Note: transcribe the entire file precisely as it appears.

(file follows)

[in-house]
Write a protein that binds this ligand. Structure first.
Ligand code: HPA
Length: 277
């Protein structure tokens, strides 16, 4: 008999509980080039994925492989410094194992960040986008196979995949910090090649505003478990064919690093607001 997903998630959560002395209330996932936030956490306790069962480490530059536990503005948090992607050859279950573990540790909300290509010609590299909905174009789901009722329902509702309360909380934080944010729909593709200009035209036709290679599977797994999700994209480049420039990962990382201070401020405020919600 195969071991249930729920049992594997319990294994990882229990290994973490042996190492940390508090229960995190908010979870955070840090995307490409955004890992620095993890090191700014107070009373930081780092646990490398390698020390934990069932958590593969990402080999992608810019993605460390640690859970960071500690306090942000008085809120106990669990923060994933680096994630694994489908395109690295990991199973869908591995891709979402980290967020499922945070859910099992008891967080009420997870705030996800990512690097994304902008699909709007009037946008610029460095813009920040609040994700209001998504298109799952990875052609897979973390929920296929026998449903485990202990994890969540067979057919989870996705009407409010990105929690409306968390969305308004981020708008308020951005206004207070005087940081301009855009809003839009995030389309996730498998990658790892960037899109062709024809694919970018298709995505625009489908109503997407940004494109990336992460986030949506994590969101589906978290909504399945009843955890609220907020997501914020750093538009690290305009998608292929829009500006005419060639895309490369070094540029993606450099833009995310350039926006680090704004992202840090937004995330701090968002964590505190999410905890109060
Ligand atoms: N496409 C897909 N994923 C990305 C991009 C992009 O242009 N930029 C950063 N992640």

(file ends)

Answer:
[in-house]
Write a protein that binds this ligand. Structure first.
Ligand code: HPA
Length: 277
């Protein structure tokens, strides 16, 4: 008999509980080039994925492989410094194992960040986008196979995949910090090649505003478990064919690093607001 997903998630959560002395209330996932936030956490306790069962480490530059536990503005948090992607050859279950573990540790909300290509010609590299909905174009789901009722329902509702309360909380934080944010729909593709200009035209036709290679599977797994999700994209480049420039990962990382201070401020405020919600 195969071991249930729920049992594997319990294994990882229990290994973490042996190492940390508090229960995190908010979870955070840090995307490409955004890992620095993890090191700014107070009373930081780092646990490398390698020390934990069932958590593969990402080999992608810019993605460390640690859970960071500690306090942000008085809120106990669990923060994933680096994630694994489908395109690295990991199973869908591995891709979402980290967020499922945070859910099992008891967080009420997870705030996800990512690097994304902008699909709007009037946008610029460095813009920040609040994700209001998504298109799952990875052609897979973390929920296929026998449903485990202990994890969540067979057919989870996705009407409010990105929690409306968390969305308004981020708008308020951005206004207070005087940081301009855009809003839009995030389309996730498998990658790892960037899109062709024809694919970018298709995505625009489908109503997407940004494109990336992460986030949506994590969101589906978290909504399945009843955890609220907020997501914020750093538009690290305009998608292929829009500006005419060639895309490369070094540029993606450099833009995310350039926006680090704004992202840090937004995330701090968002964590505190999410905890109060
Ligand atoms: N496409 C897909 N994923 C990305 C991009 C992009 O242009 N930029 C950063 N992640």